Using regular kitchen-type wax paper, I lay a down one layer where the gun will rest. Place the gun (wiped down with your choice of oil) on that. Then, one additional layer over the gun. Arrange a few (4-6) small dessicant packs throughout the case. Never had a problem doing this, even in warm, muggy Eastern NC.
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Old October 6, 2008, 04:36 PM   #8
Maverick1950
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Anybody have experience with ZCorr FSP Bags?

I guess these are supposed to be the high-tech equivalent of the wax paper treatment. Does anyone know about these?

http://www.zcorrproducts.com/index.htm
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Old October 6, 2008, 07:52 PM   #9
saands
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I've learned a lot about moisture ingress because of my work over the last several years. For long term exposure, it turns out that there are only two classes of materials:

Class 1. glass & metals
Class 2. everything else (dirt, wood, rubber, high tech plastics ... blah, blah, blah)

The first class will actually stop moisture ingress for most practical purposes, the second class will only slow it down.

If you want to store them for years on end, a good quality ammo can would be a good choice. It is made of steel and only has one leak point - the o-ring. That o-ring WILL leak (it is a "class 2 material after all ... see above), but a relatively small amount of desiccant will handle the small quantity of water that makes it in. I have used desiccant in plastic "cans" and it works fine, but I have to change it pretty frequently (every 6 months or so). For long term storage, I'd feel comfortable going GI with the ammo can ... but I'd pay a little more to get one in excellent condition, and I'd use the silicone impregnated sacks to add some scratch & bruise protection.

Hope this helps,

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Old October 6, 2008, 09:54 PM   #10
ƒORTE
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I have two 3'x5'x3' fireproof safes still in boxes in garage. Until I get those heavy sombichs inside, what would be the best course of action? Keep oiling/cleaning guns(in foam cases) every week?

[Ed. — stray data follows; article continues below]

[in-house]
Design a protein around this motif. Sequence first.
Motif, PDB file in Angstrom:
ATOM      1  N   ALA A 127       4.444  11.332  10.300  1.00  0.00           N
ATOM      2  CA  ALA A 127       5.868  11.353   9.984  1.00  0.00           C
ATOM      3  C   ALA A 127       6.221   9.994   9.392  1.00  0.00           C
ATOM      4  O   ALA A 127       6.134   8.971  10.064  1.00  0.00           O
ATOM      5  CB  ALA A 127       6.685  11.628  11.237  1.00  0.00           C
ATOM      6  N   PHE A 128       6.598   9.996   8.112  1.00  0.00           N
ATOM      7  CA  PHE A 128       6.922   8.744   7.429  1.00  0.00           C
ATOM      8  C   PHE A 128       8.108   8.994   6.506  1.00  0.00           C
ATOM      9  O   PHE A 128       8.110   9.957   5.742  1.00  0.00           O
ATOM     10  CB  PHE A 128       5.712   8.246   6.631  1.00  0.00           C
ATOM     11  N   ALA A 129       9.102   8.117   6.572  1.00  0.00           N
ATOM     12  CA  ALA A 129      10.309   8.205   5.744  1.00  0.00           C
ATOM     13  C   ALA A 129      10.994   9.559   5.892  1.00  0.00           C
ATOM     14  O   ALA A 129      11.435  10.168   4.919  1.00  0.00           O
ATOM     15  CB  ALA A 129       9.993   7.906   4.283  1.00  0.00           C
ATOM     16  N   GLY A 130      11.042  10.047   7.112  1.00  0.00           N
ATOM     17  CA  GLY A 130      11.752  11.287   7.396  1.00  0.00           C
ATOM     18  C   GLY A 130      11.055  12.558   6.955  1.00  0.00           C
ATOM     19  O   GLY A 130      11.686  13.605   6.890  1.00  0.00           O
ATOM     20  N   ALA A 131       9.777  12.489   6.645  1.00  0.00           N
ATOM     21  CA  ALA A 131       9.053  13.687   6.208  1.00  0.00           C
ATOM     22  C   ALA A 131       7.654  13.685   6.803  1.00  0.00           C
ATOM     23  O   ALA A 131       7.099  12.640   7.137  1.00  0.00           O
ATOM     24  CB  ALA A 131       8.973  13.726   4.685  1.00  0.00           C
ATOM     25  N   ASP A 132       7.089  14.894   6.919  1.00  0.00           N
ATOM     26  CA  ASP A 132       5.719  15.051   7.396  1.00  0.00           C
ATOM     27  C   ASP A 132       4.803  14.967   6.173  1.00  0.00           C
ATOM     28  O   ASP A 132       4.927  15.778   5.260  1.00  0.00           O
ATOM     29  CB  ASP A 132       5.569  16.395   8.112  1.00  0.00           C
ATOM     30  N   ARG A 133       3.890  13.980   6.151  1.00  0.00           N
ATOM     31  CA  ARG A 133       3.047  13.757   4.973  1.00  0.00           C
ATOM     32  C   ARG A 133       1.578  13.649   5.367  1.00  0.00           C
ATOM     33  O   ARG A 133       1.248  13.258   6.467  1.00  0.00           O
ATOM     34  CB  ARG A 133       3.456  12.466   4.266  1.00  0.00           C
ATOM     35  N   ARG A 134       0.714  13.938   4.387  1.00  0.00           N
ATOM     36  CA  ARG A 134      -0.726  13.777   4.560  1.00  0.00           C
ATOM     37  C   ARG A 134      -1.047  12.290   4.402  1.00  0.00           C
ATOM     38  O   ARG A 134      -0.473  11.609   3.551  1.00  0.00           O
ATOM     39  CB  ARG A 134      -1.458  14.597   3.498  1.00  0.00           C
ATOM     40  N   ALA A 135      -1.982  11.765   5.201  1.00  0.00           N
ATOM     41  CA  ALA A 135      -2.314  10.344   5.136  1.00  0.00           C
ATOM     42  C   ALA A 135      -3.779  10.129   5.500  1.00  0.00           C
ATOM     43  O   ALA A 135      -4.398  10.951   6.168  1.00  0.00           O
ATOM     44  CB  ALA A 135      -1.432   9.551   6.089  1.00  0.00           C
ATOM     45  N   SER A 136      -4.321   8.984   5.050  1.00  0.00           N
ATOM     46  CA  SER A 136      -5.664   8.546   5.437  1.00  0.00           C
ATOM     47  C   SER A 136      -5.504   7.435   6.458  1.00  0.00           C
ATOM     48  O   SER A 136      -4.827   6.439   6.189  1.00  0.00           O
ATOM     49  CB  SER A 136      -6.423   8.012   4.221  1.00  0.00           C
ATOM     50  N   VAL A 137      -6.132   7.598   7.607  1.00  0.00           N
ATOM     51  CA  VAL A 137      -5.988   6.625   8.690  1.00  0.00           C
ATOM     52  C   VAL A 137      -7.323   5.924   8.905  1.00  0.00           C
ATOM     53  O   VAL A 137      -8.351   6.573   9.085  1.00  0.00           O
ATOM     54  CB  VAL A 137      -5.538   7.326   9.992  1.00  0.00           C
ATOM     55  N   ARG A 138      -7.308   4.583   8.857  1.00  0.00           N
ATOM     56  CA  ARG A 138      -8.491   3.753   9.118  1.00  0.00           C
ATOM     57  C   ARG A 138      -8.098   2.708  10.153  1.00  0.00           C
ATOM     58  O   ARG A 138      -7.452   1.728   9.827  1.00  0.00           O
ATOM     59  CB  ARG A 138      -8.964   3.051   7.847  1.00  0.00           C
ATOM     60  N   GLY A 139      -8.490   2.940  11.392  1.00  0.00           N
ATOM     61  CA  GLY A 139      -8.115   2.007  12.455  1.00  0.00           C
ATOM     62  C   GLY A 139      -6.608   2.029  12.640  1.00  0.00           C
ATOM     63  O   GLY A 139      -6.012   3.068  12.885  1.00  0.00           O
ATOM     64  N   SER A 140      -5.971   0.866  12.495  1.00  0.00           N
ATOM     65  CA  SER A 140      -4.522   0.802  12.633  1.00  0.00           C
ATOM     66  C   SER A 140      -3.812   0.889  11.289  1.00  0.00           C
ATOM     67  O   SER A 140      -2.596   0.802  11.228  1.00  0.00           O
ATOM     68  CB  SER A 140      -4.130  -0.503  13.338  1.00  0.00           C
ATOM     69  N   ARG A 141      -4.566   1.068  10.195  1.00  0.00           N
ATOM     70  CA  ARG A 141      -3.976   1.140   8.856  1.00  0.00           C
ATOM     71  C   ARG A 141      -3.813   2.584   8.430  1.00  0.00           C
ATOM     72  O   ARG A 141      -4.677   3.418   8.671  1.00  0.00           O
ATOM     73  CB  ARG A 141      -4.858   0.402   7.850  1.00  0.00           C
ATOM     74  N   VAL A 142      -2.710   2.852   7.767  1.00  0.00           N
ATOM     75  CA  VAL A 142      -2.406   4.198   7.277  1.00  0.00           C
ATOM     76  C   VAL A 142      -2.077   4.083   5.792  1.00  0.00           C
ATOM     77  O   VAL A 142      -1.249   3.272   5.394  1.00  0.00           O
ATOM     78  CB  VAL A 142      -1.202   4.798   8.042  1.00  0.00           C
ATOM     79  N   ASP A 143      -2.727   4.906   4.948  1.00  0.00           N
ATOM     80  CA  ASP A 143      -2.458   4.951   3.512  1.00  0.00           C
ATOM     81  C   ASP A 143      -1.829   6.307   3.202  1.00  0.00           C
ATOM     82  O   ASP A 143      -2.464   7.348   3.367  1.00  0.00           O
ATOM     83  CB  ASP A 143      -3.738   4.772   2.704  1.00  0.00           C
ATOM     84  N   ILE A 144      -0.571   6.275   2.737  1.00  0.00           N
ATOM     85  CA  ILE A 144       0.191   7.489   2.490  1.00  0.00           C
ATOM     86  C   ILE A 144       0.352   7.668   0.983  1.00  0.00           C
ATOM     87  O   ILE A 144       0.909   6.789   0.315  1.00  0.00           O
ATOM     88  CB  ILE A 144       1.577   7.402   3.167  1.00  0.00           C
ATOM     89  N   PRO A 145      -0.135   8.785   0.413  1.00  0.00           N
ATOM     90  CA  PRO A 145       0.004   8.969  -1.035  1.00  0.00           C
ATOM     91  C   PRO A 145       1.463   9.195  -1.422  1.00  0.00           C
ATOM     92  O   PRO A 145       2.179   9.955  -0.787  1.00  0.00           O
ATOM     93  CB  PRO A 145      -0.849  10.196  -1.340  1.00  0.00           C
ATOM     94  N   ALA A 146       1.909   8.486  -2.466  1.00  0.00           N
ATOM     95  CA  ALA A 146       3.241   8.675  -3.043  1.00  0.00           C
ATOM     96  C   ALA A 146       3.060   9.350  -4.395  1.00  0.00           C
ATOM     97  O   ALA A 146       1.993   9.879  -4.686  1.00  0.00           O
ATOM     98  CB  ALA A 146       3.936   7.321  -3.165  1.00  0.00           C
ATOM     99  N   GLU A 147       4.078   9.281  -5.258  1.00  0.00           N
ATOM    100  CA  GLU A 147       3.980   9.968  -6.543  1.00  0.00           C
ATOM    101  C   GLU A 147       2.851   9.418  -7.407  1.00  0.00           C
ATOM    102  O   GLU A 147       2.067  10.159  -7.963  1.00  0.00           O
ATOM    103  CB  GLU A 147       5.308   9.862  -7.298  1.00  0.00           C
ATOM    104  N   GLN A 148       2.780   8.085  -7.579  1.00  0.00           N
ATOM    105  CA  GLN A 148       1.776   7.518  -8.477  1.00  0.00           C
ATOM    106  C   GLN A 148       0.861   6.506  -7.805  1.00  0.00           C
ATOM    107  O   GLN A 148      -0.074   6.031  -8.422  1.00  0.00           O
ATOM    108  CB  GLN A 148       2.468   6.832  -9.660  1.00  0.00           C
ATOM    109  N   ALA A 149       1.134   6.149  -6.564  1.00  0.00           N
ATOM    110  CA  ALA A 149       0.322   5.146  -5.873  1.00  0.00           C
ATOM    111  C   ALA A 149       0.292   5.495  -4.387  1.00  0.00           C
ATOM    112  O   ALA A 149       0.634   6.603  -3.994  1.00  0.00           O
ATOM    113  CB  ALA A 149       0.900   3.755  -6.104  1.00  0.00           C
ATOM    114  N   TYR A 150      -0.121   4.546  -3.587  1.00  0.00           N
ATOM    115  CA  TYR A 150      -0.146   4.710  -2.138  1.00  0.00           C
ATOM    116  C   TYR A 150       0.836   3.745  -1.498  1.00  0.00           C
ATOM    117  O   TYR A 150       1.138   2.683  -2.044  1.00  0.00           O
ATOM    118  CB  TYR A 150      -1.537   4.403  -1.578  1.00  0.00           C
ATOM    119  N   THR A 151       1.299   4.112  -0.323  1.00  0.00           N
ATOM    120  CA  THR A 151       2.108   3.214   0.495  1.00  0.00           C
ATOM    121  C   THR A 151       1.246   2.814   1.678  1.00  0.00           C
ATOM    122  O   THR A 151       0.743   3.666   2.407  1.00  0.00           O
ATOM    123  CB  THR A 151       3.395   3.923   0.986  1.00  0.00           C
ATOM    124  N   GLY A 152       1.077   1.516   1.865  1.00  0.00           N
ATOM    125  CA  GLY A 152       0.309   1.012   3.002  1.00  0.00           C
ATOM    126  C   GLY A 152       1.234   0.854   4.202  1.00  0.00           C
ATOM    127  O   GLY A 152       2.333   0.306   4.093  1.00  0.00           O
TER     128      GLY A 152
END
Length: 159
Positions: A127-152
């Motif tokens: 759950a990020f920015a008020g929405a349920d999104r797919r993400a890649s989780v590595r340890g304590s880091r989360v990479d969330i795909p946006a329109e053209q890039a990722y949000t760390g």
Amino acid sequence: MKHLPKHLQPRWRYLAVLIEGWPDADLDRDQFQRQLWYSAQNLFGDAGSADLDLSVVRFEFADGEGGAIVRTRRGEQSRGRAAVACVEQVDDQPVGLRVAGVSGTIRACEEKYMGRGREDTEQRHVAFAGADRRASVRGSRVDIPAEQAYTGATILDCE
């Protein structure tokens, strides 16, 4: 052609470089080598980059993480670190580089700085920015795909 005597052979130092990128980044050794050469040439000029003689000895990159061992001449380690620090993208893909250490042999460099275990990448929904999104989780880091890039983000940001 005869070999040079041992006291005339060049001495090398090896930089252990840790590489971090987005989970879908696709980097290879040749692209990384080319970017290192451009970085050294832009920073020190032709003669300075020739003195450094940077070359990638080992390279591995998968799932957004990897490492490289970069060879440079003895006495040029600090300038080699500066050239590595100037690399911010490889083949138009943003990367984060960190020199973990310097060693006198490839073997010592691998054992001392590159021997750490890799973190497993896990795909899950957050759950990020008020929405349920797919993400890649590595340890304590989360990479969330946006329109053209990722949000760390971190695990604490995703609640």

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Old October 7, 2008, 10:00 AM   #11
bclark1
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Soak it in cosmoline

No, if you can afford Pelican cases and safe-queen guns, you can hopefully afford at least a cheap storage unit. I use Rem-Dry in my RSC, they're nice because you can plug them into a socket once a month to dry 'em out. The plastic on mine's finally starting to warp but it's been in fairly high use for several years.
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Old October 7, 2008, 11:09 AM   #12
ronc0011
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Yes the foam disintegrates over time and turns into crud that is a real mess to clean out.

Interesting though, I once designed a case for the survival / SHTF market with the idea of marketing it. Eventually decided I didn’t want to deal with the inherent QC issues other such stuff.

The case I thought was a good idea though. It was made of aluminum, had silicone gaskets, a valve where the atmosphere inside could be purged and replaced with nitrogen, and Included the option of a GPS. The idea was that the whole thing could be buried virtually anywhere, say the middle of the desert somewhere or maybe a swamp, it would keep your firearms dry, secure, and guarantee that they would be there when you really needed them. I did a little cost analysis and came up with a retail price of around $5000 if I remember right, and that made a profit of about $1000.

You know if Obama gets elected it might be worth revisiting the idea.